Eurozone yields rise on inflation worries, Italy outperforms

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Eurozone yields rose on Monday amid inflation concerns, while Italian government bond prices outperformed peers after parliament re-elected Sergio Mattarella as head of state, leaving Italy former ECB chief Mario Draghi as Prime Minister.

Many analysts see a reduction in Italy’s risk premium with Draghi in charge of the government, as they expect him to pursue structural reforms in government administration, the judiciary and the tax system, which will help Italy to absorb EU funds more effectively.

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Mattarella was re-elected for a second term on Saturday.

“Thanks to today’s strength, we have started to slightly underweight construction” as there is “a lack of consensus within the ruling coalition,” said Gareth Hill, portfolio manager at Royal London Asset Management.

Italy’s 10-year government bond yield rose 2 basis points to 1.37%, after hitting its lowest level since Jan. 14 at 1.294% earlier in the session.

The spread between Italian and German 10-year rates narrowed by 4.5 bps to 134 bps.

“We expect the 10-year BTP-Bund spread to tighten towards the 120bp area, last seen in November,” Unicredit said.

The Italian Treasury could issue a new long-term syndicated bond this week to take advantage of the positive momentum after Mattarella’s re-election.

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But investors also focused on inflation data and potential signals from the European Central Bank on the timing of its future monetary tightening.

Money markets are currently pricing more than the full probability of a rate hike of 10 basis points in September and 25 basis points by December.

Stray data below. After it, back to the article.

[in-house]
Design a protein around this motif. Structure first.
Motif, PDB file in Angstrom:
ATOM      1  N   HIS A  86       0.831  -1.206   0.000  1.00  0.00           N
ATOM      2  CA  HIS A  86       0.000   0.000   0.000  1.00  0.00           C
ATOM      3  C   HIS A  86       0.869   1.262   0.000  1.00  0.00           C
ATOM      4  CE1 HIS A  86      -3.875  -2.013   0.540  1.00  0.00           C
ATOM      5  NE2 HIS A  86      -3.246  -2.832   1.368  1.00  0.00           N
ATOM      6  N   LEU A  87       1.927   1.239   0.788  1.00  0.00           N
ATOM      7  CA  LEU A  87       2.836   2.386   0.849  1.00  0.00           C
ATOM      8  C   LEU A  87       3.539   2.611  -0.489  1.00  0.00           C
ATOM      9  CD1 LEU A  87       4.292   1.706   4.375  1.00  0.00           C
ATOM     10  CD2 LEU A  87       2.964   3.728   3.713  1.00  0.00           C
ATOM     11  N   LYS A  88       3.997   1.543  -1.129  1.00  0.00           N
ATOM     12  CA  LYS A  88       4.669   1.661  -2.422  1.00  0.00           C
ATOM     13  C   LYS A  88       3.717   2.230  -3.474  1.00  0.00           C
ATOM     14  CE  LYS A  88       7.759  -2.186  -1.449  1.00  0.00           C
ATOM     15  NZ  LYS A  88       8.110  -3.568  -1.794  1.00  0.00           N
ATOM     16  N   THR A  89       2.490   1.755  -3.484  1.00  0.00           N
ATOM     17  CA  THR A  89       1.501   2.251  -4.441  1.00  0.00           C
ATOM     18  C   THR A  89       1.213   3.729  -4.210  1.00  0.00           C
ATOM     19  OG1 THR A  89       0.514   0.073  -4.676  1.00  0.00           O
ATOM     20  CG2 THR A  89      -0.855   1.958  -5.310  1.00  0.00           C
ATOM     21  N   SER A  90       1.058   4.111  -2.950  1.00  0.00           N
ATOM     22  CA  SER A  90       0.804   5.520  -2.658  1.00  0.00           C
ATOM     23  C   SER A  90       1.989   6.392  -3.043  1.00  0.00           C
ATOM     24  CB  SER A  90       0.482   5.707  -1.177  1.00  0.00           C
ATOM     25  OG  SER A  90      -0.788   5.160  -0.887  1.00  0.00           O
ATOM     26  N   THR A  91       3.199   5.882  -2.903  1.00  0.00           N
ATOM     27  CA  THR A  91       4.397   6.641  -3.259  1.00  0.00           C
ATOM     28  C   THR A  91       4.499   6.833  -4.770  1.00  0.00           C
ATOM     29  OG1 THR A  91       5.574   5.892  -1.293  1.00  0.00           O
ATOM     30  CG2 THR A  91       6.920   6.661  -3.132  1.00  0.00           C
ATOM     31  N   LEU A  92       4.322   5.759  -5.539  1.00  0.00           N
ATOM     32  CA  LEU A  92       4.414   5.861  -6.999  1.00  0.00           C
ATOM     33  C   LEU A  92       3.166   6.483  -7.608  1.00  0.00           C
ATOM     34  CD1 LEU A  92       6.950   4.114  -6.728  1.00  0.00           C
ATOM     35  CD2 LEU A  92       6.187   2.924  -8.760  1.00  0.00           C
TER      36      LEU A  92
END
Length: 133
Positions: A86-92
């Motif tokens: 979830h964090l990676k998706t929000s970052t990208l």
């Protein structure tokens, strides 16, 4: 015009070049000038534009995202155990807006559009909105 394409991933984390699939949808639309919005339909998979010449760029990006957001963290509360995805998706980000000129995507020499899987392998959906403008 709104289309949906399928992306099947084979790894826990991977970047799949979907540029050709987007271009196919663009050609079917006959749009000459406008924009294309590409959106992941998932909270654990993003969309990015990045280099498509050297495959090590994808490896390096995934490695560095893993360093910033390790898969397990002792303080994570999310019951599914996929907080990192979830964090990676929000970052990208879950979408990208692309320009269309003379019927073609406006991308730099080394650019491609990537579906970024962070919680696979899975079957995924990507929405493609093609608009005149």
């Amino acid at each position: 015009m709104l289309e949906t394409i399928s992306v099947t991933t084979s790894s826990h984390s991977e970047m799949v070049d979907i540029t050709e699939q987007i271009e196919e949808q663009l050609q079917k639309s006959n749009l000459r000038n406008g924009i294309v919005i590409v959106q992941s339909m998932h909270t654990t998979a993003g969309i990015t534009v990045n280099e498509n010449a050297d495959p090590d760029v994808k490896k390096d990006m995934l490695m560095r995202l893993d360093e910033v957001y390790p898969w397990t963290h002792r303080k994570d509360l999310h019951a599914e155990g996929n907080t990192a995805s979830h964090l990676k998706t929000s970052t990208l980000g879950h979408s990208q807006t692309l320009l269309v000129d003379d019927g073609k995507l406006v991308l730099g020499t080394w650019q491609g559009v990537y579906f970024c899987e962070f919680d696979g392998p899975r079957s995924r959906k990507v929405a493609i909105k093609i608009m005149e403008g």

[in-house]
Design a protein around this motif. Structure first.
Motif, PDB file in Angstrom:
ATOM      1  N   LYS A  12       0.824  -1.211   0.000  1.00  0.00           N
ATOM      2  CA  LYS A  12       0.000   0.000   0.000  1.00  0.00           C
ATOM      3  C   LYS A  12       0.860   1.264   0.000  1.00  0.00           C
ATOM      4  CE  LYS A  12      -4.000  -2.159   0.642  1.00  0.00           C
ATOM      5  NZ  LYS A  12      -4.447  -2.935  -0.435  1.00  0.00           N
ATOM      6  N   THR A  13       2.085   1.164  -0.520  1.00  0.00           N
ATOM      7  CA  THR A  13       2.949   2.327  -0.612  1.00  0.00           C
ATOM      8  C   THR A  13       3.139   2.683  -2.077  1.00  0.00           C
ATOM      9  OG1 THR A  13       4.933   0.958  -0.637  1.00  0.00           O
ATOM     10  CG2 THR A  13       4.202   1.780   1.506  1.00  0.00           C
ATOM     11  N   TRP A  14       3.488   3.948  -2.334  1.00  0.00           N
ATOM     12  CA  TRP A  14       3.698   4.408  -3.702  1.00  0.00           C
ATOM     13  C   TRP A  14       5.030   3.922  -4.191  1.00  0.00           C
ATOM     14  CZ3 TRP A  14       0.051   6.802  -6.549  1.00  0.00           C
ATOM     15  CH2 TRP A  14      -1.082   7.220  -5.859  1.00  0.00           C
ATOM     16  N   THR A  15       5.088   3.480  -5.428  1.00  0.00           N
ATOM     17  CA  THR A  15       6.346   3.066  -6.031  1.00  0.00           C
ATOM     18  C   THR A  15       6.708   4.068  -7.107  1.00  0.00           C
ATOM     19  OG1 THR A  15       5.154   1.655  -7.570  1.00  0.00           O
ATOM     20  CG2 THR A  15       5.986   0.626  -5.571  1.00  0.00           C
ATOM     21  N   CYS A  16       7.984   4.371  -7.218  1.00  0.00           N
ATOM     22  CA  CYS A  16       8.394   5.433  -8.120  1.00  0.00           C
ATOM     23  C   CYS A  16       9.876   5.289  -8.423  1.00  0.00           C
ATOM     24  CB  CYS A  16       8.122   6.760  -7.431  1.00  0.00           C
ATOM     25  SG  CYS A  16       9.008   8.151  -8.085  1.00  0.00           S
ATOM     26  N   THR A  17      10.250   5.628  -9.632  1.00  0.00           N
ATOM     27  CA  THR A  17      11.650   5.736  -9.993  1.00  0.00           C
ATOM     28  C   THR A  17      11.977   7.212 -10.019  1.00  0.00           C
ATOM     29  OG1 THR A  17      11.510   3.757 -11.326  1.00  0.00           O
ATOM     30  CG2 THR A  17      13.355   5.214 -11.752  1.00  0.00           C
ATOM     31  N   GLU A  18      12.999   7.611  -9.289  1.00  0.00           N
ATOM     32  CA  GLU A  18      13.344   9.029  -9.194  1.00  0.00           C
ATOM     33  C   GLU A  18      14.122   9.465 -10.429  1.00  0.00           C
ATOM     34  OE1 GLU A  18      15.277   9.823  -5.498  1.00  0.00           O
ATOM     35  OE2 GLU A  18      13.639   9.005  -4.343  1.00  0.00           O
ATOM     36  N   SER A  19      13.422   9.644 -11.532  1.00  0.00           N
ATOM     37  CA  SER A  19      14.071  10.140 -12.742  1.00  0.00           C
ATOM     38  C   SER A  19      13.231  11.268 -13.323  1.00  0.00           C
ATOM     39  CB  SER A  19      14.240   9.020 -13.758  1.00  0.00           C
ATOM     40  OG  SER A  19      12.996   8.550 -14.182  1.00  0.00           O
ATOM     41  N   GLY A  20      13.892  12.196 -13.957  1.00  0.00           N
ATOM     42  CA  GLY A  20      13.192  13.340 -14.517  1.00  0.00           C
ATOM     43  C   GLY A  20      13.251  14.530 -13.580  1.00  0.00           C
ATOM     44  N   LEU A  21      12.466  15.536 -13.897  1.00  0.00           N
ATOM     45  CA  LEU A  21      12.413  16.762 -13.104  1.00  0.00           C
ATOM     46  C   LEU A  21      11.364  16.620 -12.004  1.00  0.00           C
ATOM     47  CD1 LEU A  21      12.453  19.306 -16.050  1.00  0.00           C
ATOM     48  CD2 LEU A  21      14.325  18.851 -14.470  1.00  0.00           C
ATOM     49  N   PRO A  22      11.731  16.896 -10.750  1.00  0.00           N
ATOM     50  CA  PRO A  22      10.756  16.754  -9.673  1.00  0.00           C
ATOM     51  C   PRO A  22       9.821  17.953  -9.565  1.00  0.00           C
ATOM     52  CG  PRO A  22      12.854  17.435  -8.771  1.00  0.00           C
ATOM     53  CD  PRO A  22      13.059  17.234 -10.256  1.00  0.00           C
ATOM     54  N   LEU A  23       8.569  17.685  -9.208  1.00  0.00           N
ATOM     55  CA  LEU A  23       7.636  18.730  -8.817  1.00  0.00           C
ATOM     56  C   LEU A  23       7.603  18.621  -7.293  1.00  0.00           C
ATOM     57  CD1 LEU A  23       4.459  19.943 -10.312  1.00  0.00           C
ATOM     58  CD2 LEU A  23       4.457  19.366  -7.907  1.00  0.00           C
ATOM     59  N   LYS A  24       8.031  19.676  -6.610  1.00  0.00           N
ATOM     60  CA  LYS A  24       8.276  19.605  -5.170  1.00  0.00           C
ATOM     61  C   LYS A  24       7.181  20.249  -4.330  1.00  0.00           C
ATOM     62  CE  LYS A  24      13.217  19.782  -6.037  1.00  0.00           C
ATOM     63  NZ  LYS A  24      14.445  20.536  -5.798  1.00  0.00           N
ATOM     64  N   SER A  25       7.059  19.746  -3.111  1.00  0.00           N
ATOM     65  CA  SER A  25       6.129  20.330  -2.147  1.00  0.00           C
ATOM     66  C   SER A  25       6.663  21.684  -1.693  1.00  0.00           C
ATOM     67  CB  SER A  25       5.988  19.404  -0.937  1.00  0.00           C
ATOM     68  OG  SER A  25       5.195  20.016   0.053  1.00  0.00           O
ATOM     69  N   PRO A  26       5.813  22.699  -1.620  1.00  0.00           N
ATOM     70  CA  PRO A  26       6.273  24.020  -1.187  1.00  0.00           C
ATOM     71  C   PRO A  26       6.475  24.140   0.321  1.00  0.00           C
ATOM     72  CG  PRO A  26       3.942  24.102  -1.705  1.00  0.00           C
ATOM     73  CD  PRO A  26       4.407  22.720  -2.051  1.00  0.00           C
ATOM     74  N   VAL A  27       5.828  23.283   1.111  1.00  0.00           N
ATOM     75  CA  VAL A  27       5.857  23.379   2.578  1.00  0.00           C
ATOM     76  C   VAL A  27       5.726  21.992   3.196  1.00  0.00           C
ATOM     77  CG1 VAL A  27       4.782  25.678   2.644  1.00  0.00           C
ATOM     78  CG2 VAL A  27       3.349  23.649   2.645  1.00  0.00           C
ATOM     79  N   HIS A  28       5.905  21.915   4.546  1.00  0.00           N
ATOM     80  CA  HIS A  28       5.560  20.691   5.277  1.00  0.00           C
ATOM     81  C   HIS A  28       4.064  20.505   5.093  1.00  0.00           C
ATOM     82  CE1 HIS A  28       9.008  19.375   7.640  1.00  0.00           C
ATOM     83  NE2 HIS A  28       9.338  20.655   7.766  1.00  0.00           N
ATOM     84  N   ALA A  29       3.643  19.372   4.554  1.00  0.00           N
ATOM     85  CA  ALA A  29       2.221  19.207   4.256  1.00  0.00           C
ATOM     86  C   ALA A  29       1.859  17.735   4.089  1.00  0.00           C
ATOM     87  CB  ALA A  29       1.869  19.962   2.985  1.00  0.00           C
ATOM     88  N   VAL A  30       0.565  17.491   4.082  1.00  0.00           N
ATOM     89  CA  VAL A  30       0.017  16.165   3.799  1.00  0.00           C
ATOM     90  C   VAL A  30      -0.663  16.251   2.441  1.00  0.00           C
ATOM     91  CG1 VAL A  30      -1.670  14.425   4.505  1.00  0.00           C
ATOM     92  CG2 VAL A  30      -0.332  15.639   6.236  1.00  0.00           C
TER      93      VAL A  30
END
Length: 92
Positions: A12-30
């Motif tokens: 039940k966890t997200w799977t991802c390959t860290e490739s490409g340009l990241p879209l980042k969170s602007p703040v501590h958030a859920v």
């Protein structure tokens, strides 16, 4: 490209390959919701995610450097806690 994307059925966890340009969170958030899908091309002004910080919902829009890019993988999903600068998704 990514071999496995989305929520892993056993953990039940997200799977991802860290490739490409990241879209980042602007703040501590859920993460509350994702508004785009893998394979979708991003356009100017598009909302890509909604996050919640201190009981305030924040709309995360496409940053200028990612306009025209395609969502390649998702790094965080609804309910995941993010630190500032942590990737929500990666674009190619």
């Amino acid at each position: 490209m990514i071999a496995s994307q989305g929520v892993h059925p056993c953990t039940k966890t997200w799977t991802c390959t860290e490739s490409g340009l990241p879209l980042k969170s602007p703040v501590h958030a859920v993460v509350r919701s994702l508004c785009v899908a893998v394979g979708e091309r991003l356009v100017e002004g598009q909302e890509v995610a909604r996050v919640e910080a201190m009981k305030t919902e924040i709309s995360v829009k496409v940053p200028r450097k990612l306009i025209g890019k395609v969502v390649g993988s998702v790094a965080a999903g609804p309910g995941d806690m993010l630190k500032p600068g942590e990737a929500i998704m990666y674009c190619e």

“The focus is on the ECB this week as it still needs to clarify its stance on inflation,” said Althea Spinozzi, fixed income strategist at Saxo Bank.

Germany’s annual inflation in January was slightly above analysts’ expectations and well above the European Central Bank’s price stability target of 2% for the eurozone as a whole, preliminary data showed on Monday. .

A rise in short-term US borrowing costs is also in the spotlight, rising 2 basis points over two years to 1.20% after hawkish comments from Atlanta Fed Chairman Raphael Bostic , this week-end.

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The yield on Germany’s 10-year government bond, the euro zone’s benchmark, jumped 6 basis points to 0.017%, its highest level since May 2019.

2-year and 5-year rates rose by around 7 basis points, setting their highest since March 2019 and December 2018, respectively.

Portuguese government bond prices followed movements in the eurozone benchmark, with the 10-year yield rising 6 basis points to 0.68% after Sunday’s general election.

The centre-left Socialists won a parliamentary majority, securing a strong new mandate for Prime Minister Antonio Costa, a champion of balanced public accounts.

(Reporting by Stefano Rebaudo, editing by Angus MacSwan)

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